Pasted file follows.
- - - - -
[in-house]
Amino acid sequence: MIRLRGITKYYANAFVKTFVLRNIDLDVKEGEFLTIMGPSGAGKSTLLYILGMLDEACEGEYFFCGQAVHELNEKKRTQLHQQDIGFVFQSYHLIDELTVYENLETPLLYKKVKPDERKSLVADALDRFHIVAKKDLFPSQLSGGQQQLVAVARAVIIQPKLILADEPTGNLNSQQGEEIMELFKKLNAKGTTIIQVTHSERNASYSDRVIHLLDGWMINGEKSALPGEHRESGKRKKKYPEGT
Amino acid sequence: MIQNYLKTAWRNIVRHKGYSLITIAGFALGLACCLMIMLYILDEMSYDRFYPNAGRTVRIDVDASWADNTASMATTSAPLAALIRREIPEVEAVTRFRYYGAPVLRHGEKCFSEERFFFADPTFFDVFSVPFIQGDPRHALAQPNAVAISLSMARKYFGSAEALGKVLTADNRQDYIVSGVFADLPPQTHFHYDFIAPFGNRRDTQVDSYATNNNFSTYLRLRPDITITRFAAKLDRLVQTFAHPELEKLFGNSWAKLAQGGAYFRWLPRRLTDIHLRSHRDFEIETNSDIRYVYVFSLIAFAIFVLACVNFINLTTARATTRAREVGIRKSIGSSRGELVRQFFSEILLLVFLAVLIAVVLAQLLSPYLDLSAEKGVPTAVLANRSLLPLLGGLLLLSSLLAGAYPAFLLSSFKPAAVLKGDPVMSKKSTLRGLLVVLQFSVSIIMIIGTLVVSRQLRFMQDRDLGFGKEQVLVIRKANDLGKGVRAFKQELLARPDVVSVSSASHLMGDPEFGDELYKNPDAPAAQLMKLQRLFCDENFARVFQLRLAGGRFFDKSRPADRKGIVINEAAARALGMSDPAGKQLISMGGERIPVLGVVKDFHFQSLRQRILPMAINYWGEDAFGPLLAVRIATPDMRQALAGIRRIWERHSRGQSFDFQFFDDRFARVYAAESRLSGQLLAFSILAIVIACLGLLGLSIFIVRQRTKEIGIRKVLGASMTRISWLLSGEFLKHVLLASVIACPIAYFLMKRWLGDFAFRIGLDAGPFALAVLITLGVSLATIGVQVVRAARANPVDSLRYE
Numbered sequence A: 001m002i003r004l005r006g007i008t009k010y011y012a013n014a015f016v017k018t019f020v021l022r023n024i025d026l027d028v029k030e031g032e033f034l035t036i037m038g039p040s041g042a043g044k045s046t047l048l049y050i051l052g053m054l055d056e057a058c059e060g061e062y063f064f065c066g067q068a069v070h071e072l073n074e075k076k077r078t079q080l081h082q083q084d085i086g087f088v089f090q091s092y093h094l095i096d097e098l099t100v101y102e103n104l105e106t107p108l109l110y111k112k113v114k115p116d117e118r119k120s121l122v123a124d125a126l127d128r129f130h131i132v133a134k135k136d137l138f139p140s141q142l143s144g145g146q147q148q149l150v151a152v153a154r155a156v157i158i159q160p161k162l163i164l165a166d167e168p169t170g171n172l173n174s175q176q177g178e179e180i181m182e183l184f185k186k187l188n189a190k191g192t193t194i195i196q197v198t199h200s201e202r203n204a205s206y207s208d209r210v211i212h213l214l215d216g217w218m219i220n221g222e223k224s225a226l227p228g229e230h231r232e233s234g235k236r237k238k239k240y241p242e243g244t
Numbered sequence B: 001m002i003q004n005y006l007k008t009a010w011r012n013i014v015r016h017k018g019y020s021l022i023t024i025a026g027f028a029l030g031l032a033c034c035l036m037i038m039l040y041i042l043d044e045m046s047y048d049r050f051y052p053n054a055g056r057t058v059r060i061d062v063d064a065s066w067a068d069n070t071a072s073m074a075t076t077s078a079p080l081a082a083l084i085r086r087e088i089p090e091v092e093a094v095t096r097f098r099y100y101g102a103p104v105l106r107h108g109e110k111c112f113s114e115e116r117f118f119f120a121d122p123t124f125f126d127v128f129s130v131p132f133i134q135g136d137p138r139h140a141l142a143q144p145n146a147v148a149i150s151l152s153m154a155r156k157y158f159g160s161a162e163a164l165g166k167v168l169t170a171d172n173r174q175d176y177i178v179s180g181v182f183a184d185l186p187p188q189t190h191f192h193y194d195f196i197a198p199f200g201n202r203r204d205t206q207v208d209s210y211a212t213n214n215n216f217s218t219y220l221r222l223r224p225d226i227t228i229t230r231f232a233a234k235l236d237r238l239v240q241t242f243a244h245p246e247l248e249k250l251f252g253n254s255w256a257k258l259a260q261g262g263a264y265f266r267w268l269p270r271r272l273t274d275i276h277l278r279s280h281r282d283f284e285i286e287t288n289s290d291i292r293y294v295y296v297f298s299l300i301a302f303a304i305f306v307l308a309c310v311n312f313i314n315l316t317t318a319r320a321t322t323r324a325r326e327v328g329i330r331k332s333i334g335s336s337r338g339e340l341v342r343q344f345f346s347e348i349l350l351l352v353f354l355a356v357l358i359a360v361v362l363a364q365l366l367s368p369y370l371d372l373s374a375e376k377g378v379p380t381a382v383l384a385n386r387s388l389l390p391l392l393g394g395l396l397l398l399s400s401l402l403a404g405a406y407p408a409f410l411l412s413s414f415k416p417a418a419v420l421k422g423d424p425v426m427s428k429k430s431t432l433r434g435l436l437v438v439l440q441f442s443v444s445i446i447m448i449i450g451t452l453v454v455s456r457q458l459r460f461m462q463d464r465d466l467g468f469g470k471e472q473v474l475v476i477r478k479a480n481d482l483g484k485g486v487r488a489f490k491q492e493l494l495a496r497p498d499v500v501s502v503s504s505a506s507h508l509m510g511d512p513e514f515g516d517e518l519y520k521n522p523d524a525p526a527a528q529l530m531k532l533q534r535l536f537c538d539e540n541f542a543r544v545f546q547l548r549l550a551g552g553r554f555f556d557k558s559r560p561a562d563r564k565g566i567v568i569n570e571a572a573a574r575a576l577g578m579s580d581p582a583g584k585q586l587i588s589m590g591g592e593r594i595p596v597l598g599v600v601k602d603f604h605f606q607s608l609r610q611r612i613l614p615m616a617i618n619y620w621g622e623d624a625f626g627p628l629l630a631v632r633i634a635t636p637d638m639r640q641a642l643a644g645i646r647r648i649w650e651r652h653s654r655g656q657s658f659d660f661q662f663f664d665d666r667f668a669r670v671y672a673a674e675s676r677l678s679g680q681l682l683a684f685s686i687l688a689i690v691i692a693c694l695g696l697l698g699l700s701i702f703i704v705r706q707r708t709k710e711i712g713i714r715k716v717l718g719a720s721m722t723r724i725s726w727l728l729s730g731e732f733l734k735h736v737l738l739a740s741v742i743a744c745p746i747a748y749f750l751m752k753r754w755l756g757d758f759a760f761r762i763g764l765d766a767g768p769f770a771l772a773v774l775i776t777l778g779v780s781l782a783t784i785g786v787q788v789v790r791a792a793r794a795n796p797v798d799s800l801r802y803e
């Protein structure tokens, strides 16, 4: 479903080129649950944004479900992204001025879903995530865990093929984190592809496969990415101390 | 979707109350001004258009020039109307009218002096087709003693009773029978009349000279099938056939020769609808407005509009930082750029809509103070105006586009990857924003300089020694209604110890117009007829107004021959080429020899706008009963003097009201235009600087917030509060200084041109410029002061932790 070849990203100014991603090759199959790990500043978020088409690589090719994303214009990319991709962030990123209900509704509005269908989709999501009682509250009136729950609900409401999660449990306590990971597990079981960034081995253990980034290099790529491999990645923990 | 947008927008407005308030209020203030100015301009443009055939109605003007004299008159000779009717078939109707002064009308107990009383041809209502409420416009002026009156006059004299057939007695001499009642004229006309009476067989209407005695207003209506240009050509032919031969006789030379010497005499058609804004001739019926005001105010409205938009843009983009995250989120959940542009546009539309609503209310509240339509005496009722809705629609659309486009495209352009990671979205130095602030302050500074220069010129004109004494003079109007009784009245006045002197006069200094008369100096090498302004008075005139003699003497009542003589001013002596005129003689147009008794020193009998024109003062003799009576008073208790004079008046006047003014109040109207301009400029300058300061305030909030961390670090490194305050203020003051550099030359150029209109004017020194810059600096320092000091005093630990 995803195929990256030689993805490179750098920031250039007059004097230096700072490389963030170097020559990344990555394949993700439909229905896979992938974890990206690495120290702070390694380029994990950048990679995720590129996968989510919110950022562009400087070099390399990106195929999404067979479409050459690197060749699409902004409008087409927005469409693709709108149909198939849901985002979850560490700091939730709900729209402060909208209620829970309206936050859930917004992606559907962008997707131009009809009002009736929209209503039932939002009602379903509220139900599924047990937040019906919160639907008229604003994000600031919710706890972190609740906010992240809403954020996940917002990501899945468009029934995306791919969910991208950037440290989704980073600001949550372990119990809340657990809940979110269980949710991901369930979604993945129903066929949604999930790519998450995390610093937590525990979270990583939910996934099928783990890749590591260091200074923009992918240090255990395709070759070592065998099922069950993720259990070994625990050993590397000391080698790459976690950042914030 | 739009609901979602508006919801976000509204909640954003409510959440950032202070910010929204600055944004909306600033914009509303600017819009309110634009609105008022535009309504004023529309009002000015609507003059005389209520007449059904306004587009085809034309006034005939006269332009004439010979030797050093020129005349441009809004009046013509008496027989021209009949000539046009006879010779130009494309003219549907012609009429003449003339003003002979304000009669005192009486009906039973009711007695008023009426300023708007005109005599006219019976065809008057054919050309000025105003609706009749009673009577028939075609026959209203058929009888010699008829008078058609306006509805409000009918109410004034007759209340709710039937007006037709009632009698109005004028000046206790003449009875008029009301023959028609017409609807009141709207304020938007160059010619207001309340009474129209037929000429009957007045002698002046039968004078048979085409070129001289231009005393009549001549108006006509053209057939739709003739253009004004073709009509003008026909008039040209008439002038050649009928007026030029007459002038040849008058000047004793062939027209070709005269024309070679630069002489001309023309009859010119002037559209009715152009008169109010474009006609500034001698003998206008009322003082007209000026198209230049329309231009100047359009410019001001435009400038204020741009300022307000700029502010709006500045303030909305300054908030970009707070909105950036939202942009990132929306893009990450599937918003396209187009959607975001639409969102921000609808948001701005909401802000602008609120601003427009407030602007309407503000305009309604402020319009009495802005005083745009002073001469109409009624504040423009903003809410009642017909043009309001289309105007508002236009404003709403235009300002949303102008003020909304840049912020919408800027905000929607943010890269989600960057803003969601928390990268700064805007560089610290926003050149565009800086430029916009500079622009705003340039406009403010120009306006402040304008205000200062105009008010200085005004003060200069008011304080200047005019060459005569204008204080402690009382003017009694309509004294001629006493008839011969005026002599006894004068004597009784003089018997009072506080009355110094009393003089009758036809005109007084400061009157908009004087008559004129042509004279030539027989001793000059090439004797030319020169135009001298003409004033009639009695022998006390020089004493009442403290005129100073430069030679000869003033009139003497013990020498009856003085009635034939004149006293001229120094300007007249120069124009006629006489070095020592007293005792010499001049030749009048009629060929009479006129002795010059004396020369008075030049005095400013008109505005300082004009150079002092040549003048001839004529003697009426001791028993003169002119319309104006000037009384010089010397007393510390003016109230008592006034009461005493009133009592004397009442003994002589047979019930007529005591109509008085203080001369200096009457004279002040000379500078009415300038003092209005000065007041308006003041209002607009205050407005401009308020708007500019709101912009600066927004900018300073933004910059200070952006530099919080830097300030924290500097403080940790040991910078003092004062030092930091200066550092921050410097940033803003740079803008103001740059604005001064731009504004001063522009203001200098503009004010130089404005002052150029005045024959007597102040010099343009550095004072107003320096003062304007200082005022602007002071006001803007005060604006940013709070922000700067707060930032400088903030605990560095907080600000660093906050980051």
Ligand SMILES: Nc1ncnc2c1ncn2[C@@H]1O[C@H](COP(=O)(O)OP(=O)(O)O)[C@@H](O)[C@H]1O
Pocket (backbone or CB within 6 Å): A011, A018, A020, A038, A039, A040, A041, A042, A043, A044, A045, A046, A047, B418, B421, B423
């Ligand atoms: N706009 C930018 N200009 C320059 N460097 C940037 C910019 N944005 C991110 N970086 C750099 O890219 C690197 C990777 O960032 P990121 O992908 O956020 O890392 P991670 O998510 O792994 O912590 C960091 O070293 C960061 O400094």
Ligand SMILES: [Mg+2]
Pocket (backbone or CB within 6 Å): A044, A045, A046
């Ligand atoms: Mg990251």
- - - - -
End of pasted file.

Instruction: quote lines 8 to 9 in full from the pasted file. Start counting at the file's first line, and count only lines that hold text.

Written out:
Pocket (backbone or CB within 6 Å): A011, A018, A020, A038, A039, A040, A041, A042, A043, A044, A045, A046, A047, B418, B421, B423
């Ligand atoms: N706009 C930018 N200009 C320059 N460097 C940037 C910019 N944005 C991110 N970086 C750099 O890219 C690197 C990777 O960032 P990121 O992908 O956020 O890392 P991670 O998510 O792994 O912590 C960091 O070293 C960061 O400094």